Cliffs' dubious to outright hostile treatment of Casablanca's proposals did not end there. The following month, in the days after Casablanca rejected a Cliffs proposal that it receive two board seats and no more, Casablanca nominated six alternative directors. The following day, Cliffs indefinitely delayed the company's annual meeting. The following month, Cliffs set an annual meeting date after Casablanca forced the issue. Below is a timetable that Casablanca prepared, highlighting these events.
On June 10, Cliffs commented that it expects at least two nominees proposed by Casablanca to be appointed to the company's board at its annual meeting on July 29. Cliffs based this upon discussions with various shareholders. Cliffs' current board holds a very small stake in Cliffs shares, and so the decision will largely be out of its hands.
Casablanca appears most disappointed with James Kirsch, who was appointed the Chairman of the Board last year and who has been on the board since 2010. Kirsch and five other current board members (Richard K. Riederer, Susan M. Cunningham, Barry J. Eldridge, Susan M. Green and Janice K. Henry) approved the Bloom Lake acquisition that squandered billions, and Kirsch was the most senior executive and apparent puppet master behind Cliffs' reactions to Casablanca.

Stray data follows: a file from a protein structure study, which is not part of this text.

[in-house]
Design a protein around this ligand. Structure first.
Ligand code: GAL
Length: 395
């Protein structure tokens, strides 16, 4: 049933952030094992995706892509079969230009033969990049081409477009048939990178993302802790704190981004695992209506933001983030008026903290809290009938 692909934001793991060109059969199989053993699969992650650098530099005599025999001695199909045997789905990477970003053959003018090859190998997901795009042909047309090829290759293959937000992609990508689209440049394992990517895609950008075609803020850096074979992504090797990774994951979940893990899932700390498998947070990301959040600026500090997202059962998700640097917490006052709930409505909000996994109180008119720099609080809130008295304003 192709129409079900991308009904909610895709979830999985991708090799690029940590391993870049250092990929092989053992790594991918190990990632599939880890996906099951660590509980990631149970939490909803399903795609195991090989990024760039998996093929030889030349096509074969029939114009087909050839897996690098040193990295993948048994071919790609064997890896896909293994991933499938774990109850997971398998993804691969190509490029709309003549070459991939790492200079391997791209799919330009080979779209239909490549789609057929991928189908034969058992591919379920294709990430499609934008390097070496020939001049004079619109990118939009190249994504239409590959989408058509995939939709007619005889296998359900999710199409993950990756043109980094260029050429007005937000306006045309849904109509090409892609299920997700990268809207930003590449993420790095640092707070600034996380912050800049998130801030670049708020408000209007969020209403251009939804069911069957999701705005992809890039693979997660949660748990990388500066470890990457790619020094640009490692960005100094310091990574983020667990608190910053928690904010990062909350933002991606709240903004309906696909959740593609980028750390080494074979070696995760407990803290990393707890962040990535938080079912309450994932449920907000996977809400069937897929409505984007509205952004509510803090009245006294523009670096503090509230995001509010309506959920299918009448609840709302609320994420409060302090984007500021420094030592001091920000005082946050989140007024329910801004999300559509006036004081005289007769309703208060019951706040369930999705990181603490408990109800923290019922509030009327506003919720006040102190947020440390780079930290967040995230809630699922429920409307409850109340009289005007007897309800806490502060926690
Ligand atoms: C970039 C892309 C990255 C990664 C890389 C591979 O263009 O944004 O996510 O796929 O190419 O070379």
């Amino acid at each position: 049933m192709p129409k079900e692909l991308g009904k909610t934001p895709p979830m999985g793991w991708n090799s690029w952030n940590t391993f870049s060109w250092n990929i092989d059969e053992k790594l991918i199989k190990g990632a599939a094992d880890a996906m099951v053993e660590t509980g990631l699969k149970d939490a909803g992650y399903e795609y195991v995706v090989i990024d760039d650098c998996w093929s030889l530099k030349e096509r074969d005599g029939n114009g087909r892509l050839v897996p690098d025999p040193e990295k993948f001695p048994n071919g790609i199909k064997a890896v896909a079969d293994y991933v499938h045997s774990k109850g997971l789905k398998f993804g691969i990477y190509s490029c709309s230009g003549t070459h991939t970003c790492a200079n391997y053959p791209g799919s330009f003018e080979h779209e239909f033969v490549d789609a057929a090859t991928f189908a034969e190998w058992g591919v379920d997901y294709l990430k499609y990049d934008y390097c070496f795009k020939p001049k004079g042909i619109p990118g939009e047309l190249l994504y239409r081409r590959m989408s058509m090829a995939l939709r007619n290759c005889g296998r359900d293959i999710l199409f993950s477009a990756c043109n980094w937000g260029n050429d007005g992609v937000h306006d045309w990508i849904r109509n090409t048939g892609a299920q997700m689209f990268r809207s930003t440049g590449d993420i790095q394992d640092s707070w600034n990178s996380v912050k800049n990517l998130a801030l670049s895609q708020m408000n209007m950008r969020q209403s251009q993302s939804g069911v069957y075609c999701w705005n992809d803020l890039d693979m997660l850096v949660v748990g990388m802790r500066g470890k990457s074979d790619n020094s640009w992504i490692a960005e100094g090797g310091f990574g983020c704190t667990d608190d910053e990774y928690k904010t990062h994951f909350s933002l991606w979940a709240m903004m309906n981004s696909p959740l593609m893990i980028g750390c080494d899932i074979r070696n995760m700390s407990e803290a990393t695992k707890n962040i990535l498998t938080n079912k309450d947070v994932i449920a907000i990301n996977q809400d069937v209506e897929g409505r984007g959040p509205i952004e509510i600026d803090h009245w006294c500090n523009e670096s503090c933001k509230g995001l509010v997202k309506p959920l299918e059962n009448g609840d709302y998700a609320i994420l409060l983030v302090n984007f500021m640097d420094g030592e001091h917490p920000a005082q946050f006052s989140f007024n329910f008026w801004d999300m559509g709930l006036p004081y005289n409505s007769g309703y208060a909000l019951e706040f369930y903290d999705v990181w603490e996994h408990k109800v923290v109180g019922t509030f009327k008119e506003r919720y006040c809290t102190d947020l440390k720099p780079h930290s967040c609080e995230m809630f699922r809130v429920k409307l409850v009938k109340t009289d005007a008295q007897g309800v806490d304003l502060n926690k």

I suspect there will be no deal with Casablanca where Kirsch maintains such a position of authority, and that a growing number of shareholders are inclined to agree with Casablanca. Similarly, it is likely that Casablanca will soon release its own proxy statement, and that it will find significant support from shareholders.
Given Cliffs' size, it is possible that a large competitor would be interested in acquiring some or all of the company's assets. ArcelorMittal (NYSE:MT) is about ten times the size of Cliffs, Rio Tinto (NYSE:RIO) is about 30 times the size and BHP Billiton (NYSE:BHP) is over fifty times larger. Such peers could easily afford acquiring the Asian assets or the Canadian assets, and even the whole company.
Casablanca has argued that because the Asian assets will likely be nearly depleted by the end of the decade, it is not a core asset and a sensible one to sell or spin off. Of course, with iron ore prices being so weak, it is probably not the best time to go looking for a buyer unless facing a liquidity event. The better time to have looked for a buyer was when Cliffs opted to buy Bloom Lake.
It appears of increasing likelihood that Casablanca's vision for Cliffs' future will grow in popularity and that even if it only gets the two board members whom Cliffs' board has capitulated in the hopes of maintaining the others, more will come in time. Other activists may also join Casablanca in its Cliffs endeavor now that shares have fallen so much and the eve of change appears upon the board. Reduced uncertainty often generates increased investor interest. Hopefully, the eve of change is also upon share valuations.
Disclosure: The author is long CLF, CLV. The author wrote this article themselves, and it expresses their own opinions. The author is not receiving compensation for it (other than from Seeking Alpha). The author has no business relationship with any company whose stock is mentioned in this article.